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State Department spokesperson Ned Price speaks during a press conference

State Department spokesperson Ned Price speaks during a press briefing in Washington, D.C. on February 1, 2022. (Photo: Susan Walsh/Pool/AFP via Getty Images)

'I Remember WMDs in Iraq': Reporter Calls Out US Official on Russian Intel Claims

"You just come out and say this and expect us just to believe it without you showing a shred of evidence that it's actually true," said Associated Press reporter Matt Lee.

Jake Johnson

Veteran Associated Press reporter Matt Lee grilled a State Department spokesperson Thursday over the U.S. government's refusal to provide direct evidence for its claim that Russia is planning to fabricate a mass casualty event as a pretext to invade Ukraine, an allegation that the Pentagon said is backed up by intelligence.

During a press briefing, Lee asked the State Department's Ned Price—a former CIA official—to furnish concrete proof of the government's accusation, which suggests Russia is plotting an elaborate false flag attack involving a graphic "propaganda video... depicting corpses, crisis actors pretending to be mourners, and images of destroyed locations or military equipment."

Lee said he has every reason to be skeptical of U.S. government assertions, given the lies that the Bush administration used to justify the invasion and occupation of Iraq.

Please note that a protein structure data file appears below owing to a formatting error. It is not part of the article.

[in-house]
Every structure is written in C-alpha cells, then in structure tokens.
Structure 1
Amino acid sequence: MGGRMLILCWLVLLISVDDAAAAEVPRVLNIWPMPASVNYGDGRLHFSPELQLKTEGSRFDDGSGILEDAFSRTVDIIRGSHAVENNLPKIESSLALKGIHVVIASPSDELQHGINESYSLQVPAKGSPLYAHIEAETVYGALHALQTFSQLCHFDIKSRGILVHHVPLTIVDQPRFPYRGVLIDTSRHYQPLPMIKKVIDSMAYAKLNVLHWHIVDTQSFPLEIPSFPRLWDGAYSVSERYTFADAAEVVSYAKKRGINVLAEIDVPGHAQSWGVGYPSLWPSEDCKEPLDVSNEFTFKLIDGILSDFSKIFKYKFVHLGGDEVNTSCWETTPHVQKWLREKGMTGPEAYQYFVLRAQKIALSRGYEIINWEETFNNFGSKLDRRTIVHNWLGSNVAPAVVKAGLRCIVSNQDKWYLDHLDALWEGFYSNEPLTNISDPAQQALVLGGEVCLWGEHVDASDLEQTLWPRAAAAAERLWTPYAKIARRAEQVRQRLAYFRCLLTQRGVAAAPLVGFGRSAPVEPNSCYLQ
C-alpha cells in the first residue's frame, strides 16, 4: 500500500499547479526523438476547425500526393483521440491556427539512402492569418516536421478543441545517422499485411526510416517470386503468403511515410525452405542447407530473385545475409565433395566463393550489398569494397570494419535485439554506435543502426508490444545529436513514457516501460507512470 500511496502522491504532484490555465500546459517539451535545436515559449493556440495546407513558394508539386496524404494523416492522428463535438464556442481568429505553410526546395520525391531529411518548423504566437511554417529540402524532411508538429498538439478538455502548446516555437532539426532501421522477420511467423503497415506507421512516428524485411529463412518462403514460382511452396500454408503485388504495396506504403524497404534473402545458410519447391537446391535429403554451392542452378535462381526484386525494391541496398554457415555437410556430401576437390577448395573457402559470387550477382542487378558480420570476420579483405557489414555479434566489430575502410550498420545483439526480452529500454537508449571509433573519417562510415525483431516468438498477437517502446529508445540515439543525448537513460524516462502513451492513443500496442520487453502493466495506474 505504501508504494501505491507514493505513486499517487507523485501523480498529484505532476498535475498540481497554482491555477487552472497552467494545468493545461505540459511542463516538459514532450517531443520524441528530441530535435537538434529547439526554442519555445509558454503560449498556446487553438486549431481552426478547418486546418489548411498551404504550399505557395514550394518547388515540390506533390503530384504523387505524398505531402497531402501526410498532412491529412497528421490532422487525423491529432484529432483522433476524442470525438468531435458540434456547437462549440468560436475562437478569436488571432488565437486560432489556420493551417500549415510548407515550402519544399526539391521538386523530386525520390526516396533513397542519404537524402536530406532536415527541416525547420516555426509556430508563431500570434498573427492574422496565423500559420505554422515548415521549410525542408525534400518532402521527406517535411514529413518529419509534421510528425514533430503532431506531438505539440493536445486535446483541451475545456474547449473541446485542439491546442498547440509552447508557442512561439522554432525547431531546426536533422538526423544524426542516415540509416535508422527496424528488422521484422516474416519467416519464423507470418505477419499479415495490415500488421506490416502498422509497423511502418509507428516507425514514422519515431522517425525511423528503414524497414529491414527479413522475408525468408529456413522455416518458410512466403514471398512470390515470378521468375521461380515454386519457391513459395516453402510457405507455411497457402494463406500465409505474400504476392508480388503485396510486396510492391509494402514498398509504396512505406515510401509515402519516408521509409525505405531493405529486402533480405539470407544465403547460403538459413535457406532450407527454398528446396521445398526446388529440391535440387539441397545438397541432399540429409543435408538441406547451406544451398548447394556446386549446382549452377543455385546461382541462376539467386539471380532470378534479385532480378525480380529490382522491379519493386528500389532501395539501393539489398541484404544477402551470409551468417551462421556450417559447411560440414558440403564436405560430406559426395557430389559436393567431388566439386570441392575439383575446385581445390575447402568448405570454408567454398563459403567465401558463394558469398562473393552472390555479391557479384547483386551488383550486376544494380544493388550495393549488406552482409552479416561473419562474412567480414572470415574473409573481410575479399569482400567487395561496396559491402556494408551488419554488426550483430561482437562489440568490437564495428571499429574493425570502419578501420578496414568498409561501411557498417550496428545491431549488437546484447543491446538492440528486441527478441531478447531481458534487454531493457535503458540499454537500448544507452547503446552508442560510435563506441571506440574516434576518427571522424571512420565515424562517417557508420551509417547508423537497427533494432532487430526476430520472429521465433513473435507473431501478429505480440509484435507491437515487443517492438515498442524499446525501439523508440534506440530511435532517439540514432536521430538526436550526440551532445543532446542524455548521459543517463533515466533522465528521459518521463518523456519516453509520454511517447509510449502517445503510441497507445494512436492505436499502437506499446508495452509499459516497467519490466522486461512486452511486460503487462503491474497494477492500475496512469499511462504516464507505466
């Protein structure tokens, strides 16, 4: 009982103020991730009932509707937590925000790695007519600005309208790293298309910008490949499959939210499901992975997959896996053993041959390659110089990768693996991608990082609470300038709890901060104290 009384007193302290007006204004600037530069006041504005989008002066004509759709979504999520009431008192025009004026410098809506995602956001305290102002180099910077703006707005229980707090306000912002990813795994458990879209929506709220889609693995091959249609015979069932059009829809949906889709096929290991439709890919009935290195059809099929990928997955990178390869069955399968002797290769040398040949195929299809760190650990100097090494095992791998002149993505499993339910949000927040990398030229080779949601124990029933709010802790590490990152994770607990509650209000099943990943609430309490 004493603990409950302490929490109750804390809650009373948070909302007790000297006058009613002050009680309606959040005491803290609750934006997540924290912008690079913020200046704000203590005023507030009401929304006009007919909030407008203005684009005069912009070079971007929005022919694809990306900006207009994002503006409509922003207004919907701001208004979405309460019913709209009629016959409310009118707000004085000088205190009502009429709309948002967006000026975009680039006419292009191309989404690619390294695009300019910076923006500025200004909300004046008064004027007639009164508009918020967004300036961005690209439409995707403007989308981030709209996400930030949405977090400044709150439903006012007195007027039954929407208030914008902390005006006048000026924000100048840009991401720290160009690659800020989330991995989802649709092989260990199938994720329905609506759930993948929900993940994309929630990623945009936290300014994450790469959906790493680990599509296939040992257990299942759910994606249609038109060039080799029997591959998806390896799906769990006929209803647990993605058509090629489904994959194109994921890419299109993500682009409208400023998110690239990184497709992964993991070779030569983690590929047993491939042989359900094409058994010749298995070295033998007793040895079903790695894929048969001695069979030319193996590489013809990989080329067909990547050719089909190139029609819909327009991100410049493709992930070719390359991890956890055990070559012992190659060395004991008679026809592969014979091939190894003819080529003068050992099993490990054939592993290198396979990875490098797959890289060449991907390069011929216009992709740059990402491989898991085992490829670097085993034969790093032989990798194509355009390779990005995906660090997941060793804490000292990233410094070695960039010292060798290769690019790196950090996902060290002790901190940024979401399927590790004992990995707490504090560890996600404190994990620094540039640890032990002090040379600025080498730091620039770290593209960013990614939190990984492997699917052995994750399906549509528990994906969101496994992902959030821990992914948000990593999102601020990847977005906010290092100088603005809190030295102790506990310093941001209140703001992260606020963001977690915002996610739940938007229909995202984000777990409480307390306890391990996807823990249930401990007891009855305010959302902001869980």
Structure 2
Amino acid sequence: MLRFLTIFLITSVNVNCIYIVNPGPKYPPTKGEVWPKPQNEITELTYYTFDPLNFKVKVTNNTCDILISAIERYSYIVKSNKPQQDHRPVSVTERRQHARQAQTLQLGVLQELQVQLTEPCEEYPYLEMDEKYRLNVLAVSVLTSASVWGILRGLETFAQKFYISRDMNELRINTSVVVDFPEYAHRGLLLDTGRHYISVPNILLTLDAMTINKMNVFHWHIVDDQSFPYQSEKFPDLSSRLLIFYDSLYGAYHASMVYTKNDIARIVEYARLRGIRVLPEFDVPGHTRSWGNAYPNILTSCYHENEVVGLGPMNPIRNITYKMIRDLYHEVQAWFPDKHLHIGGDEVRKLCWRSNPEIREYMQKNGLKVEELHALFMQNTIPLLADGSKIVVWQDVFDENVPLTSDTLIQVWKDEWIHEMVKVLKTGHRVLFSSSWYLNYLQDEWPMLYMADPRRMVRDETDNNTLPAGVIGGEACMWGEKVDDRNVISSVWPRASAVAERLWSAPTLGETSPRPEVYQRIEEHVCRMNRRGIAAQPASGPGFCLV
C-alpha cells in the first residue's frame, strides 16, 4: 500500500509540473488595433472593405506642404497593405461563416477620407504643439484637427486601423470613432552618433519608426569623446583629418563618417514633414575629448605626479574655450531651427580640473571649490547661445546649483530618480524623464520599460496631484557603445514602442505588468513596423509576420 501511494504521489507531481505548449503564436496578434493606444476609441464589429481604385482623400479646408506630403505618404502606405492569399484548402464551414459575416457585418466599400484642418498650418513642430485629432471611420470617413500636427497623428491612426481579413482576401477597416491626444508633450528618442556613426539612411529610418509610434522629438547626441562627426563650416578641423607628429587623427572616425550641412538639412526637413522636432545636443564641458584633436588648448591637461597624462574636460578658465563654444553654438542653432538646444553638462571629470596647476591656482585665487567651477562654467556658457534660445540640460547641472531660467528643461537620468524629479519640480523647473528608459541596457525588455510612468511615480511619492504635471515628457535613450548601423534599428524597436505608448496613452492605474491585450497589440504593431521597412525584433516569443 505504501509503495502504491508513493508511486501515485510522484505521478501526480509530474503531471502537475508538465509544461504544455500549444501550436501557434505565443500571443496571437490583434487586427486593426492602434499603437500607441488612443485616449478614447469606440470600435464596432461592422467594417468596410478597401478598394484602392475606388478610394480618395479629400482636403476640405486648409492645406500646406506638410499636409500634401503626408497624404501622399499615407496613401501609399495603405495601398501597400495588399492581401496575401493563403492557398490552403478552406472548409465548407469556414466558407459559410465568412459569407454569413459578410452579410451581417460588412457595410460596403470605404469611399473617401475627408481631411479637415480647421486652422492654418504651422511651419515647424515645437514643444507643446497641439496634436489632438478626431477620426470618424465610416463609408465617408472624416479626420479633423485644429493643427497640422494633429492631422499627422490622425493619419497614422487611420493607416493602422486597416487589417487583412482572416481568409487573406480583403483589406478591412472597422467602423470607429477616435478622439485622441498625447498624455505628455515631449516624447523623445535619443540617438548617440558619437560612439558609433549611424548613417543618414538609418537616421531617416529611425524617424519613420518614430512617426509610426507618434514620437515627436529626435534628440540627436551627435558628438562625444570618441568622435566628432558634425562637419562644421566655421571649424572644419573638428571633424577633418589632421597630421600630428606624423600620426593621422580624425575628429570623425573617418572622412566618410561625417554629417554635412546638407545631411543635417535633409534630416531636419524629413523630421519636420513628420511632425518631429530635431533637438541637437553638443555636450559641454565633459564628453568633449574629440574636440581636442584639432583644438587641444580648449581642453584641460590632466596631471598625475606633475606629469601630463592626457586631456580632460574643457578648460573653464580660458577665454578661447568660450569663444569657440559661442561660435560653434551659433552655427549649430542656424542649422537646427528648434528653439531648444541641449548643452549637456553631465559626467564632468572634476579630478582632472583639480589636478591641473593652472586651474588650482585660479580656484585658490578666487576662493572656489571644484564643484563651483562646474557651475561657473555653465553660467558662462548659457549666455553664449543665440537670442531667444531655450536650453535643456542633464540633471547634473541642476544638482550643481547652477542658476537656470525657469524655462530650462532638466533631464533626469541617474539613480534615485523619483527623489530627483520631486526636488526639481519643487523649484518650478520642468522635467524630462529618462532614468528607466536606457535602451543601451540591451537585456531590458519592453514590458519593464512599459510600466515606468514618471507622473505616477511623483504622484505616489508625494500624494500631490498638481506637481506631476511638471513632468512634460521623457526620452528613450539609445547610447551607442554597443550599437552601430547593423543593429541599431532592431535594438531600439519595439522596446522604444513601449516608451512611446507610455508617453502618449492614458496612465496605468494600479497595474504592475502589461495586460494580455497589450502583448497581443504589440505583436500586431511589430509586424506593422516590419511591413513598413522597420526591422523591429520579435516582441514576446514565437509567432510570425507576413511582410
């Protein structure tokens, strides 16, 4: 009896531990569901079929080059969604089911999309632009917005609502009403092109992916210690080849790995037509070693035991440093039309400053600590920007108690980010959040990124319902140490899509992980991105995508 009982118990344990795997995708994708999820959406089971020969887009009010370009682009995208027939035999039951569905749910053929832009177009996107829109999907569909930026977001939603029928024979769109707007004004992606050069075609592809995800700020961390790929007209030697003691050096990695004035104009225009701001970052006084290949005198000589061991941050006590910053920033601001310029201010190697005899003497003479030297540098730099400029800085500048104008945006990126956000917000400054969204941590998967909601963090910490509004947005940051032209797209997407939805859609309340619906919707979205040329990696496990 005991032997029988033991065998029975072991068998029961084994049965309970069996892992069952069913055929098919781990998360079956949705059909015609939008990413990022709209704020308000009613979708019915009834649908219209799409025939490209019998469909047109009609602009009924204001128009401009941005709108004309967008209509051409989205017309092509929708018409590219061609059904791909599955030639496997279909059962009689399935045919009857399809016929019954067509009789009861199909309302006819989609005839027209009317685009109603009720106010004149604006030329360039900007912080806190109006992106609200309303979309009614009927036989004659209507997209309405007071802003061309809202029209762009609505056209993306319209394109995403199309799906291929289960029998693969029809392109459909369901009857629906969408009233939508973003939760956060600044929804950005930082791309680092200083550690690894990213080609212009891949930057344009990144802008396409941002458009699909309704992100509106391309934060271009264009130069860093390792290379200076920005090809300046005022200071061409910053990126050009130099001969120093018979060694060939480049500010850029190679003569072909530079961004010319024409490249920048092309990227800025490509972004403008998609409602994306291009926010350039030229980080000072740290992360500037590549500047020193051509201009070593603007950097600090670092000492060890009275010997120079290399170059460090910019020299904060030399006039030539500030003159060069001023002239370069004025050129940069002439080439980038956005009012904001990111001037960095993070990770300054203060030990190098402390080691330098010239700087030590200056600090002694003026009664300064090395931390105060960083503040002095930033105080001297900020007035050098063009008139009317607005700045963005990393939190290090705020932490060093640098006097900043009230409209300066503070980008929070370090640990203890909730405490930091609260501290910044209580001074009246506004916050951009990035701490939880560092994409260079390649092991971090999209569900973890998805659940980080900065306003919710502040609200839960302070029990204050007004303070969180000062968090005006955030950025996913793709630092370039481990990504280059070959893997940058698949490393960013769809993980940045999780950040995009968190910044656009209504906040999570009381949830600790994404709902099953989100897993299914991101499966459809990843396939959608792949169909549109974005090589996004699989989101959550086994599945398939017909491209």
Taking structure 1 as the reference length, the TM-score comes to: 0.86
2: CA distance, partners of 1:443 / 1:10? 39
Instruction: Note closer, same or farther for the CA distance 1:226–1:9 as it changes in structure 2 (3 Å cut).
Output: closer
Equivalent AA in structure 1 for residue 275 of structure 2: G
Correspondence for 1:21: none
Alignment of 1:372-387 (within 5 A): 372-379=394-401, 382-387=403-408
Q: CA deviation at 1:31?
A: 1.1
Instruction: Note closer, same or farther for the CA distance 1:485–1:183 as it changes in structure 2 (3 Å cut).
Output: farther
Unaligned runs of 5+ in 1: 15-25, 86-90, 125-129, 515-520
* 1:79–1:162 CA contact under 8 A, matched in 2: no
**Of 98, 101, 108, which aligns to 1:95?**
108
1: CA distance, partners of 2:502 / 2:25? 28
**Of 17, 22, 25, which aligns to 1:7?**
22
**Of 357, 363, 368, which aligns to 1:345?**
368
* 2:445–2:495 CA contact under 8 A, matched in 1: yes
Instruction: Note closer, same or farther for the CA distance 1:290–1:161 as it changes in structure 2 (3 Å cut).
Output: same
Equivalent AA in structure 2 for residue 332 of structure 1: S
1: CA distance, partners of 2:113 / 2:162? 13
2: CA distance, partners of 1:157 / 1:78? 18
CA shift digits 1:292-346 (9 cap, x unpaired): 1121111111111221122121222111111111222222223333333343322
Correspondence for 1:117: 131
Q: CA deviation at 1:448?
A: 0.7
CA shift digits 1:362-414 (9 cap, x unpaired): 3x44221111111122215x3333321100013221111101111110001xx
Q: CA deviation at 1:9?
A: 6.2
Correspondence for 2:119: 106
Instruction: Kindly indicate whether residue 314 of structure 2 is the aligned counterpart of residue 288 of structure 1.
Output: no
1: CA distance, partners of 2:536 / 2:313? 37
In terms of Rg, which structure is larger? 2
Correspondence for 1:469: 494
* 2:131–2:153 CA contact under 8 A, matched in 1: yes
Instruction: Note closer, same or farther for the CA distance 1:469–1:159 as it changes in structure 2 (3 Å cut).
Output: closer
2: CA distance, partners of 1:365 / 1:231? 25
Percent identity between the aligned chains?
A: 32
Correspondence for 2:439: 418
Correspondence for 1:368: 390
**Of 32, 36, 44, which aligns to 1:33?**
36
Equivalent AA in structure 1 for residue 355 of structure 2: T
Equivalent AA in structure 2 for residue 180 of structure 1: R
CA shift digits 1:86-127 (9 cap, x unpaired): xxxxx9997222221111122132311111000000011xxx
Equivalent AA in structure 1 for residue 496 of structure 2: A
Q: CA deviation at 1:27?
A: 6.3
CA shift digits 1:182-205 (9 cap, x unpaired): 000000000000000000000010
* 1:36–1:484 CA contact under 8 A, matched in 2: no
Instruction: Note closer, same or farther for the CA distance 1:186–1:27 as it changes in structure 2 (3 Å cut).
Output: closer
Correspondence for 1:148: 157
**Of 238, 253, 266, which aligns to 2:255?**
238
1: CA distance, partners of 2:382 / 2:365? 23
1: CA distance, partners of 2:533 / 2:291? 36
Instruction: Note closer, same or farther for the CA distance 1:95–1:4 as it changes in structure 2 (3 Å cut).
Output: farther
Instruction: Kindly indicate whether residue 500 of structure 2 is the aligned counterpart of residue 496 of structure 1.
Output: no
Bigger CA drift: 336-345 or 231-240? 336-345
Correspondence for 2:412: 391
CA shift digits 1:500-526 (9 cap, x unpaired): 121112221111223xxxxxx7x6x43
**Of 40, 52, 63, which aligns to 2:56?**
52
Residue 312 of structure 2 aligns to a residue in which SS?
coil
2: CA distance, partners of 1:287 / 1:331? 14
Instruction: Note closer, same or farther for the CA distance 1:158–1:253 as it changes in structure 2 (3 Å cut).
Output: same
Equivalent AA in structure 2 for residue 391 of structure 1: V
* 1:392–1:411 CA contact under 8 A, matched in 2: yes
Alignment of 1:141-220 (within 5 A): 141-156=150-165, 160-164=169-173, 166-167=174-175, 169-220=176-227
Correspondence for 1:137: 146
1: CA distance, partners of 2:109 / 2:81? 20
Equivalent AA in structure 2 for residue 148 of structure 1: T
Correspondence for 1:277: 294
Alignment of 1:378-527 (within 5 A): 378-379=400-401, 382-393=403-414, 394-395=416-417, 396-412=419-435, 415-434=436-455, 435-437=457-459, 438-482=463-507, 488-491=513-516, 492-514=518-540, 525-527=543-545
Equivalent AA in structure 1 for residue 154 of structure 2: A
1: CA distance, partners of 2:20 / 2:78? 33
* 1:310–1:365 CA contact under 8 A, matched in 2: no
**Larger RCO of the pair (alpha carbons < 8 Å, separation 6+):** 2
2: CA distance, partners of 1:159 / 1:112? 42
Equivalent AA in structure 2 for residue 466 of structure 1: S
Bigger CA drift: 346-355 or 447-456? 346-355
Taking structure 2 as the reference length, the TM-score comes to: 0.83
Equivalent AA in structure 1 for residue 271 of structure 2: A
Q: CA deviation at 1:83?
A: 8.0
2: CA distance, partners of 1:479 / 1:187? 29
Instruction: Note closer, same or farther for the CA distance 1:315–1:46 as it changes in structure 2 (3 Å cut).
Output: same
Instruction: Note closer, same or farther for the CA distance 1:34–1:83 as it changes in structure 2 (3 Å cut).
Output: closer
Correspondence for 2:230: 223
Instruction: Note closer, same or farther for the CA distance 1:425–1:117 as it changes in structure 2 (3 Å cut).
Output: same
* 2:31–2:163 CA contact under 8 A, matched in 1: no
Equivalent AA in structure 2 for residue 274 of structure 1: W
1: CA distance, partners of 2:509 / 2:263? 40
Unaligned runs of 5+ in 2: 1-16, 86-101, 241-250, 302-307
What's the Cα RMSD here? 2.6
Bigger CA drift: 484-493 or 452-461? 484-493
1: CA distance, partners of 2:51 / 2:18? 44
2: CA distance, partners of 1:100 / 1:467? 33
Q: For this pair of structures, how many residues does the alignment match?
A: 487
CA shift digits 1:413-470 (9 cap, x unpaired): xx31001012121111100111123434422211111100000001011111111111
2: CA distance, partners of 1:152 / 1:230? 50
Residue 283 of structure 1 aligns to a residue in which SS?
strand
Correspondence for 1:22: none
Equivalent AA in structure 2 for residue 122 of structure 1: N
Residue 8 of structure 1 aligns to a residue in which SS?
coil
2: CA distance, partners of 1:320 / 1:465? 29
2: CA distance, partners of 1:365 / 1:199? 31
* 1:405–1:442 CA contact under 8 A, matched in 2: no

"I remember WMDs in Iraq," said Lee.

Watch the exchange:

After Price outlined the U.S. government's allegations, Lee noted that the Biden administration has "shown no evidence to confirm" the alleged plot. As the New York Times reported earlier Thursday, "Officials would not release any direct evidence of the Russian plan or specify how they learned of it, saying to do so would compromise their sources and methods."

But Price insisted during Thursday's briefing that the Biden administration's decision to go public with the false flag accusation constitutes, in and of itself, evidence that Russia is planning such an operation.

"This is derived from information known to the U.S. government, intelligence information that we have declassified," Price said.

"Okay, well, where is it?" Lee asked in response. "Where is this information?"

"I just delivered it," the State Department spokesperson said.

When Lee continued to press the matter, noting that "a series of allegations and statements" is not evidence, Price accused the longtime journalist of wanting "to find solace in information that the Russians are putting out."

The exchange circulated rapidly and widely on social media, with observers applauding Lee for his persistent and straightforward questioning and arguing that Price's responses were indicative of the U.S. government's intolerance of skeptical inquiry.

"This is wild," NSA whistleblower Edward Snowden, president of the Freedom of the Press Foundation, tweeted in response to the back-and-forth. "The State Department's spokesman can't comprehend why the Associated Press feels the need to distinguish between a claim and a fact, and becomes visibly offended—and then angered—by the suggestion that his claims may require evidence to be accepted as credible."


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